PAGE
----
November 8, 2010
- A d v e r t i s e m e n t
As luck would have it, on the same day Obama warned naysayers of his global agenda, the Wall Street Journal unveiled its worldwide economic forecast – and it ain’t pretty. But let’s start with Obama’s comments from today’s speech in Mumbai.
Speaking at a town hall meeting in Mumbai, he said, “I do think that one of the challenges that we are going face in the US, at a time when we are still recovering from the financial crisis is, how do we respond to some of the challenges of globalisation? The fact of the matter is that for most of my lifetime and I’ll turn 50 next year – the US was such an enormously dominant economic power, we were such a large market, our industry, our technology, our manufacturing was so significant that we always met the rest of the world economically on our terms. And now because of the incredible rise of India and China and Brazil and other countries, the US remains the largest economy and the largest market, but there is real competition. This will keep America on its toes. America is going to have to compete. There is going to be a tug-of-war within the US between those who see globalisation as a threat and those who accept we live in a open integrated world, which has challenges and opportunities.”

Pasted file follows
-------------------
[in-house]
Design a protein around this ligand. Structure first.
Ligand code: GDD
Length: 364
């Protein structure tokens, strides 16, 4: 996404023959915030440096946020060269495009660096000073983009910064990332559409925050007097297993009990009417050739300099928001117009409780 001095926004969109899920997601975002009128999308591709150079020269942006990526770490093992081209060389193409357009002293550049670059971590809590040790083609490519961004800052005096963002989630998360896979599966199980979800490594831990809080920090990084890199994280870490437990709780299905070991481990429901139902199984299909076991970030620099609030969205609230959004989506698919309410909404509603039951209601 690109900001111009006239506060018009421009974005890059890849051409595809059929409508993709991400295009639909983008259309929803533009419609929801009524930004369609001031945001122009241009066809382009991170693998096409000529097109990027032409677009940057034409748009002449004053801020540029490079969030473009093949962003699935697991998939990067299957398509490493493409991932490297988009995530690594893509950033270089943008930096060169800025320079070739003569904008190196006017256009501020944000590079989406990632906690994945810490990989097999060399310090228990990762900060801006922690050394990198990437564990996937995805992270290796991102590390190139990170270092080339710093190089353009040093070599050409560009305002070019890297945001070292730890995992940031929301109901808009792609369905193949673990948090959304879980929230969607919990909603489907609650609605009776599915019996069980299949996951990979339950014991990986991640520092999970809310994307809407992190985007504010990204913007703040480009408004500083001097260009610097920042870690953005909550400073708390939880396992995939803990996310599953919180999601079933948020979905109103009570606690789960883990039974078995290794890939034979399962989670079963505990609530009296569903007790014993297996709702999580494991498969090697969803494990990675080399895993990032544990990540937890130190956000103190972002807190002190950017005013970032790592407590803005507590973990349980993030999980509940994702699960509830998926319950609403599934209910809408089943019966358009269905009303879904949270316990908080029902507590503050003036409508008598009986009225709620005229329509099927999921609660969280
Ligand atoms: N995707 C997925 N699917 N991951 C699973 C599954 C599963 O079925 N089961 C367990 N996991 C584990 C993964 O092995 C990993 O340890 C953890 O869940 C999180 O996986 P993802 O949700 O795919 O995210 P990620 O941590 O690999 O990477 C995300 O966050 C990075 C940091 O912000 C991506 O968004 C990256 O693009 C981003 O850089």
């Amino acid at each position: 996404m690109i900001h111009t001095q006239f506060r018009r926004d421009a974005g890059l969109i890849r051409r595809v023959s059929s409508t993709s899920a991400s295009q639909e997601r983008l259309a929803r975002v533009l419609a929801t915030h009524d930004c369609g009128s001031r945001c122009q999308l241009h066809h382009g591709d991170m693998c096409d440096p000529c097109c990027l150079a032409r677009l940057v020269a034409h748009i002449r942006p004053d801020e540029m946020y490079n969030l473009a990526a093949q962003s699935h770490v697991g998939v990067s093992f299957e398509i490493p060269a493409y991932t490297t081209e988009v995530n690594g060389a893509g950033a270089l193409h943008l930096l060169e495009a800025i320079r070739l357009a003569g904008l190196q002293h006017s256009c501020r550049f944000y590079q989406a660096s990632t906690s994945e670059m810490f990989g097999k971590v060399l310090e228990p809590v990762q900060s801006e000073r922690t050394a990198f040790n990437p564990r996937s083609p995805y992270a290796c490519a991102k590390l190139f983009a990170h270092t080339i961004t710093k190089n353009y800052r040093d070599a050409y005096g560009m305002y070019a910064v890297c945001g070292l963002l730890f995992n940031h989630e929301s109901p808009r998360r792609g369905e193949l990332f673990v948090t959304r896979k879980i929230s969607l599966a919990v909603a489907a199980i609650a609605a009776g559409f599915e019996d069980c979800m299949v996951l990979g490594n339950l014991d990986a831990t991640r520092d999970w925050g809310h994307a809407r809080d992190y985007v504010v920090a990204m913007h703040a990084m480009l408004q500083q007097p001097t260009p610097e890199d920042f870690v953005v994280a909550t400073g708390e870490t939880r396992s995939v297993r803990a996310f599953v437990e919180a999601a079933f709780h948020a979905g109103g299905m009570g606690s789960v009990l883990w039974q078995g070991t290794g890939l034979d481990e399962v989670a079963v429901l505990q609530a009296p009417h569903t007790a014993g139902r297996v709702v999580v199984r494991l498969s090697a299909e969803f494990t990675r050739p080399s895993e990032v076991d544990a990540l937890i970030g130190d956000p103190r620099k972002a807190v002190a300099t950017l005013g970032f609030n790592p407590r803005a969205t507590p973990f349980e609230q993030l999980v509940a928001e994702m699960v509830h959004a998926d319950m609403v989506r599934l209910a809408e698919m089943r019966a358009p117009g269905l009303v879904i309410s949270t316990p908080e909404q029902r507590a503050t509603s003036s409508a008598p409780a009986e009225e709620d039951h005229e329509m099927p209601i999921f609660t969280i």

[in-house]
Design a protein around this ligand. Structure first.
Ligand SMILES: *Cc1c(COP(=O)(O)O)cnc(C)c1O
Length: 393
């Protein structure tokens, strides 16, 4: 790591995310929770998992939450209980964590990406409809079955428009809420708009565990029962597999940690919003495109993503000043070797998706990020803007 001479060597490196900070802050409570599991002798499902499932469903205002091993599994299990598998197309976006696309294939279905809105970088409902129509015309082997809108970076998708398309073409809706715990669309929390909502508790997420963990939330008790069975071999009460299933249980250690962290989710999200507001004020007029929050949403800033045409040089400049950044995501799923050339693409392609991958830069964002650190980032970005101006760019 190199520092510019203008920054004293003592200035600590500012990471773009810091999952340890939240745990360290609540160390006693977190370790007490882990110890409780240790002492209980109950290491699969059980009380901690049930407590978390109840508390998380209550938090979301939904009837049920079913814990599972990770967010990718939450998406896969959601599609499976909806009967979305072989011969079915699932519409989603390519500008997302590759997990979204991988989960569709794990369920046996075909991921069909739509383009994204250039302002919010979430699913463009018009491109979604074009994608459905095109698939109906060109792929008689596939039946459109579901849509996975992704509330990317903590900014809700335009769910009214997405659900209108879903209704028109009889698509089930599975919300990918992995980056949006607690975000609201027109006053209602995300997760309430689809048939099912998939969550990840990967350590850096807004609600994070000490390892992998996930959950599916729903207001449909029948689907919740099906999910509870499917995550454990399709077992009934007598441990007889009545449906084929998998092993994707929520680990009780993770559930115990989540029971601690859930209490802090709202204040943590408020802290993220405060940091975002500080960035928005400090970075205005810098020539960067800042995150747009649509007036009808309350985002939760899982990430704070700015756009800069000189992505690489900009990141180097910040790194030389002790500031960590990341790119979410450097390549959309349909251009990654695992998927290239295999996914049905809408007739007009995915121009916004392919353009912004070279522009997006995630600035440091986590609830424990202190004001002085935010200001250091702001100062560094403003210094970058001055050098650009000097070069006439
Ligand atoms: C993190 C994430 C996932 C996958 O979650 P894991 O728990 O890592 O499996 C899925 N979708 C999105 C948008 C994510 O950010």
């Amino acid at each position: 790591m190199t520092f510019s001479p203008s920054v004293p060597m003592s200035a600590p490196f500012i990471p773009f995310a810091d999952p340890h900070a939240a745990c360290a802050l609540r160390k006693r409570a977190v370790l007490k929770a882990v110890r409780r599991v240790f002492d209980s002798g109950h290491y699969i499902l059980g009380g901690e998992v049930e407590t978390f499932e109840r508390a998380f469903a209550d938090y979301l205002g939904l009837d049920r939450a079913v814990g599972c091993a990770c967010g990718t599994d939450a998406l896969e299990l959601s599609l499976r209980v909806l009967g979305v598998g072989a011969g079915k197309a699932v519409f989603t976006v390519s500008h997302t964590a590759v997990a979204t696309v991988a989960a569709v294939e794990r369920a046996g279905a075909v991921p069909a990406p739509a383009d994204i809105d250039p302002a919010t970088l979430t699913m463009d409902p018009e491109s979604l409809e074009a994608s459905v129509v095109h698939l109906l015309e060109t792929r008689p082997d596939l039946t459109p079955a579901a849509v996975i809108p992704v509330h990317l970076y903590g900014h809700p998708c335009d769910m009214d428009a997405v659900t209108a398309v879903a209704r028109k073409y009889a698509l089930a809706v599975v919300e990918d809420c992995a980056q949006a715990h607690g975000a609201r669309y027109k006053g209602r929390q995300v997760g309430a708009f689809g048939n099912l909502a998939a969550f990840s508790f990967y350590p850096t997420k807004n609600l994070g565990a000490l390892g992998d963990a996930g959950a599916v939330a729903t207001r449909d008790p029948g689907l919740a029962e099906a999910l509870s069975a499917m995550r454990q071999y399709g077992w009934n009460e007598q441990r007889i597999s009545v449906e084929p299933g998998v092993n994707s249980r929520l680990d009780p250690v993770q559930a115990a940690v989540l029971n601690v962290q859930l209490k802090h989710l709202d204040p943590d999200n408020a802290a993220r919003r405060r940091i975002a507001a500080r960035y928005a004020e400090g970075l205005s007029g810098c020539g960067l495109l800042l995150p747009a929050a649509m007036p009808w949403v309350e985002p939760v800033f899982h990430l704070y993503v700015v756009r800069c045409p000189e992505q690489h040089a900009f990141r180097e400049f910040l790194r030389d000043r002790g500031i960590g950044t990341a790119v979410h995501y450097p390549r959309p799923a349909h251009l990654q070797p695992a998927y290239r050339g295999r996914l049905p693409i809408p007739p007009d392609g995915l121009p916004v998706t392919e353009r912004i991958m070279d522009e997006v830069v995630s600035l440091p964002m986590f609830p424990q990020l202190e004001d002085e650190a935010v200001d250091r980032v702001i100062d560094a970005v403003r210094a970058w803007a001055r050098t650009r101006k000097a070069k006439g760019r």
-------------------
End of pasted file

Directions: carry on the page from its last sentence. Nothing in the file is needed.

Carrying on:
The US leader disagreed with those who saw globalisation as unmitigated evil. But while acknowledging that the Chindia factor had made the world flatter, he said protectionist impulses in US will get stronger if people don’t see trade bringing in gains for them.